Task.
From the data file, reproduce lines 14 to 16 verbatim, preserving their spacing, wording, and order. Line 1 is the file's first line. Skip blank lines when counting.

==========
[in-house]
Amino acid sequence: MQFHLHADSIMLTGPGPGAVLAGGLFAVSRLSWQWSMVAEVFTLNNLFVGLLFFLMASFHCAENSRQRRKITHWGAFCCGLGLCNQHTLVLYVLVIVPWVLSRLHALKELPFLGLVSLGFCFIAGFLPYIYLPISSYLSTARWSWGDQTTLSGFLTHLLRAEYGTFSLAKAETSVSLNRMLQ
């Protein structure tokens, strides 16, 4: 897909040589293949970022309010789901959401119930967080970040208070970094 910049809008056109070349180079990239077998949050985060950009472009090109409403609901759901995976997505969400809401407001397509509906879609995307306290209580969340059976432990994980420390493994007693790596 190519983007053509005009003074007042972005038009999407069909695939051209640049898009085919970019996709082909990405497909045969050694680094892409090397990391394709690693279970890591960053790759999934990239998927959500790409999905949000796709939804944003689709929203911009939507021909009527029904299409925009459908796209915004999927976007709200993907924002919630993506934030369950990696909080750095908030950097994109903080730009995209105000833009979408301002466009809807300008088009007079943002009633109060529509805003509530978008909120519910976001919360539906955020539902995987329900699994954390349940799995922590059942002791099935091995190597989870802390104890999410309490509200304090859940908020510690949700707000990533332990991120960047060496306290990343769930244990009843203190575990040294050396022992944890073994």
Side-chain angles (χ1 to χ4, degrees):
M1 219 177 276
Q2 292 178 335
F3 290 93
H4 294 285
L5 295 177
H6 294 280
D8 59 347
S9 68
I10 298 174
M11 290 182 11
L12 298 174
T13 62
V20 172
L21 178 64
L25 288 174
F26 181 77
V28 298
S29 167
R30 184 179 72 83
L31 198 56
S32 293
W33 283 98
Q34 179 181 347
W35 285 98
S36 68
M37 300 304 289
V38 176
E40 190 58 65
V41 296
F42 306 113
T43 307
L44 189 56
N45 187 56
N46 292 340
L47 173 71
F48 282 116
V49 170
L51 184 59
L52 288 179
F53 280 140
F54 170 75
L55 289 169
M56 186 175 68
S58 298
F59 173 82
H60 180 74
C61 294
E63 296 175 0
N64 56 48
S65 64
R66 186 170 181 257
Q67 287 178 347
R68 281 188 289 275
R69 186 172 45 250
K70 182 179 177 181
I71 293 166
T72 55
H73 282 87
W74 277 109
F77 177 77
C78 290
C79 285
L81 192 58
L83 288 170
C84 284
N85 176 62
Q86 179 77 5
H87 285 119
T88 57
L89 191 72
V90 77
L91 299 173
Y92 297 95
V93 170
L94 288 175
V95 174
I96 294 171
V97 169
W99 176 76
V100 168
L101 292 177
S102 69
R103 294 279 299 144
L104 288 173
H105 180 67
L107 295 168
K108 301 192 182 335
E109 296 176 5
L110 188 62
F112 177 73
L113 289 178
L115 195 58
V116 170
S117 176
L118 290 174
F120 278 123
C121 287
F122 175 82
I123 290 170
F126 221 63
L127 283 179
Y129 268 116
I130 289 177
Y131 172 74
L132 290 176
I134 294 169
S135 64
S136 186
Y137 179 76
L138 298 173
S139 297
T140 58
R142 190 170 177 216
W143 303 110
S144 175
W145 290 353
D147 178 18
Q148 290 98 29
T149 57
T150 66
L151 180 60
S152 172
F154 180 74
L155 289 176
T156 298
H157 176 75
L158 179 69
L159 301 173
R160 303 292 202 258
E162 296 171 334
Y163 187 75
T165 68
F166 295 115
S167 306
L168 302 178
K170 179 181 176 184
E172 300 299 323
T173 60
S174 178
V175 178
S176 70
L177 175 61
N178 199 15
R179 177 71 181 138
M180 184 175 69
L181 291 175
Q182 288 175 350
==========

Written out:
M11 290 182 11
L12 298 174
T13 62